In America, we define ourselves in the superlative: we are the biggest, strongest, fastest country in the world. Is it any wonder that so many of our heroes are on performance enhancing ... See full summary »
It's 1974, Muhammed Ali is 32 and thought by many to be past his prime. George Forman is ten years younger and the Heavyweight champion of the world. Promoter Don King wants to make a name for himself and offers both fighters five million dollars apiece to fight one another, and when they accept, King has only to come up with the money. He finds a backer in Mobutu Sese Suko, the dictator of Zaire and the "Rumble in the Jungle" is set. A musical festival, featuring the America's top black performers, like James Brown and B.B. King, is also planned. Written by
Gary Dickerson <firstname.lastname@example.org>
Though almost all of the footage in this documentary was shot by producer/director Leon Gast in 1974, one reason it took 23 years to complete was because the negative and rights to the film were entangled in civil suits involving the Liberians who financed the movie's making. See more »
Muhammad Ali, he was like a sleeping elephant. You can do whatever you want around a sleeping elephant; whatever you want. But when he wakes up, he tramples everything.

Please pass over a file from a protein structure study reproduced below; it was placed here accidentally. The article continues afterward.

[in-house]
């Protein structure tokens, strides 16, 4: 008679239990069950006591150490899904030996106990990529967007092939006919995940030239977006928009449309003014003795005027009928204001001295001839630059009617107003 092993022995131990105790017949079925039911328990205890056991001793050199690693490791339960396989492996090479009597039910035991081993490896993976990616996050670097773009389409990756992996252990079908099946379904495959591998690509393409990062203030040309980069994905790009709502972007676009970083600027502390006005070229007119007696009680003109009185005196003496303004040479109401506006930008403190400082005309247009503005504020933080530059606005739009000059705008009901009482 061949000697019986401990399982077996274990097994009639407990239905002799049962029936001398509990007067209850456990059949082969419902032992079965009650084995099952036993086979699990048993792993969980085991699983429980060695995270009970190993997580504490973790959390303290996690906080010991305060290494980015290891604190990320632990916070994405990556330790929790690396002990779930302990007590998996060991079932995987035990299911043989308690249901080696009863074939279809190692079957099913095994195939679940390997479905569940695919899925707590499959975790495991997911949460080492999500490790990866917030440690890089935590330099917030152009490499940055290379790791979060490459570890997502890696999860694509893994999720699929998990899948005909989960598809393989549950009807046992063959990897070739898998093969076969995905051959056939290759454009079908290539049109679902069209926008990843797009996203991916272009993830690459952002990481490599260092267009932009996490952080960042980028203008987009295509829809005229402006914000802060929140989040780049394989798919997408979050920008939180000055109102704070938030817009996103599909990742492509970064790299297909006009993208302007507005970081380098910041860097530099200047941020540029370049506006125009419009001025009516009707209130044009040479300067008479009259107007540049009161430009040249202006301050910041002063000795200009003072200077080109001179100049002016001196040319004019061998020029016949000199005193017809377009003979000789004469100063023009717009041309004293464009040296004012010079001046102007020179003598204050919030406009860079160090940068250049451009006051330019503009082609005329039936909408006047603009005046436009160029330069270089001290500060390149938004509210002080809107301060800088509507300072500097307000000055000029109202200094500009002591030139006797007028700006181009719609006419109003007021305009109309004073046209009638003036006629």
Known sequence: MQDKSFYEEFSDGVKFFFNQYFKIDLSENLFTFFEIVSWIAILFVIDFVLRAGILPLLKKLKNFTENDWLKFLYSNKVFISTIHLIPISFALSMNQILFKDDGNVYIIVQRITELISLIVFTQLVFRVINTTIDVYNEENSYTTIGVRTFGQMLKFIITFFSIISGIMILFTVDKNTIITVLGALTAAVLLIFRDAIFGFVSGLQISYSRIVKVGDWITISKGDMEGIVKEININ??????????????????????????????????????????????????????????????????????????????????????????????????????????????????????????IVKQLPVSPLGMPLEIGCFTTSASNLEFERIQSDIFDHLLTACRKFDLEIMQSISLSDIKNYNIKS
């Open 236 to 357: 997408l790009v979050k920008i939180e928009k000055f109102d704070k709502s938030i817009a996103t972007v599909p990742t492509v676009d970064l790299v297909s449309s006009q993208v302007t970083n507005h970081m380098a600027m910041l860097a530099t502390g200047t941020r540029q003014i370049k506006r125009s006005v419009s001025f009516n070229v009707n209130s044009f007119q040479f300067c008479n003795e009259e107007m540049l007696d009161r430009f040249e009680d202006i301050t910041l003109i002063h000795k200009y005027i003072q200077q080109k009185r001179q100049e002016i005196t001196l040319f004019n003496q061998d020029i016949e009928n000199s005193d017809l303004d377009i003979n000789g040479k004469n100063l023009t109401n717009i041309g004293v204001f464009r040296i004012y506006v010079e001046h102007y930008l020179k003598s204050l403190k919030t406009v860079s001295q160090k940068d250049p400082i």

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This film won a slew of critical praise (as well as quite a few awards) and it deserves all of them. Muhammad Ali is the most amazing athelete of the twentieth century and perhaps the most beloved boxer of all time. A public poll once showed that people all over the world recognized him more then the President of the United States. Maybe its because he is such an ill, tragic figure today that this film is so important because it shows him in all his glory when he was not just a magnificent boxer but a ringing voice of social conscience as well. This film shows him again in all his glory when he took on the seemingly invincible giant George Foreman. George is such a beloved figure now that people have forgotten that when he first won the Heavywieght Crown from Joe Frazier in 1973, that he was as dreaded and feared as Sonny Liston was in his heyday. Howard Cosell was one of Ali's most ardent supporters (he was one of the first to call him by that name and support him in his opposition of the draft) and yet even Cosell said that he didn't think that Ali could beat George Foreman. Ali had lost to Joe Frazier and Ken Norton and had barely won rematches with them, and Foreman knocked both of them silly in less then two rounds. Ali was almost 33 years old and considered all washed up and yet he showed no fear against this man. He told the public "You think you were shocked when Nixon resigned, wait till I whip George Foreman's behind!!!" This film brings that time and place in Zaire, Africa to life. Don King is a despicable character and yet he was a genius in promoting this fight in Africa. He said it was like from slaveship to championship. The symbolism was just tremendous. Norman Mailer and the late George Plimpton are two of the writers who most observed Ali and they both offer wonderful insights during the course of this film. They are especially good when they talk about the fight itself and how they both had a ringside seat. George Plimpton saw Bobby Kennedy shot and yet I don't think he was much more astounded when he saw what happened in that ring when Ali pulled off an amazing upset and knocked out Foreman to begin another glorious championship rein. It is almost comical when they show their shocked faces as Ali delivered the knockout blow. The best part of the film is where they play the song "When We Were Kings" at the end and show a montage of Ali's fights during his amazing career. You will look at these and realize how awesome this man truly was!!!
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